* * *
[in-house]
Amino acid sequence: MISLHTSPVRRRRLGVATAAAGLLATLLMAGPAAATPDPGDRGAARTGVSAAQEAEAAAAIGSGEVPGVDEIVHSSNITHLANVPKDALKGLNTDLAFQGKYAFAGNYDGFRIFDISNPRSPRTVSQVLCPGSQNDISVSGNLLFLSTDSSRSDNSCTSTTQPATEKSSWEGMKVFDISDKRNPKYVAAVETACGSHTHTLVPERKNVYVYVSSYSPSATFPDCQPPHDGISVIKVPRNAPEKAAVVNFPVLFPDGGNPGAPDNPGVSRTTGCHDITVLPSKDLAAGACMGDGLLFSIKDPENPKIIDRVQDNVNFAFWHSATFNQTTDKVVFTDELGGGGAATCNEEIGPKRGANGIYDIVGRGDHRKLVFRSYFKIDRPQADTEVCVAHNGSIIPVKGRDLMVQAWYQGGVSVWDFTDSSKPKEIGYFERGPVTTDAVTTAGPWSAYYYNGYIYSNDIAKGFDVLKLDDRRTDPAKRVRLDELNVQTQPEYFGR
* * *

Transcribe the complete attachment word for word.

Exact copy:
[in-house]
Amino acid sequence: MISLHTSPVRRRRLGVATAAAGLLATLLMAGPAAATPDPGDRGAARTGVSAAQEAEAAAAIGSGEVPGVDEIVHSSNITHLANVPKDALKGLNTDLAFQGKYAFAGNYDGFRIFDISNPRSPRTVSQVLCPGSQNDISVSGNLLFLSTDSSRSDNSCTSTTQPATEKSSWEGMKVFDISDKRNPKYVAAVETACGSHTHTLVPERKNVYVYVSSYSPSATFPDCQPPHDGISVIKVPRNAPEKAAVVNFPVLFPDGGNPGAPDNPGVSRTTGCHDITVLPSKDLAAGACMGDGLLFSIKDPENPKIIDRVQDNVNFAFWHSATFNQTTDKVVFTDELGGGGAATCNEEIGPKRGANGIYDIVGRGDHRKLVFRSYFKIDRPQADTEVCVAHNGSIIPVKGRDLMVQAWYQGGVSVWDFTDSSKPKEIGYFERGPVTTDAVTTAGPWSAYYYNGYIYSNDIAKGFDVLKLDDRRTDPAKRVRLDELNVQTQPEYFGR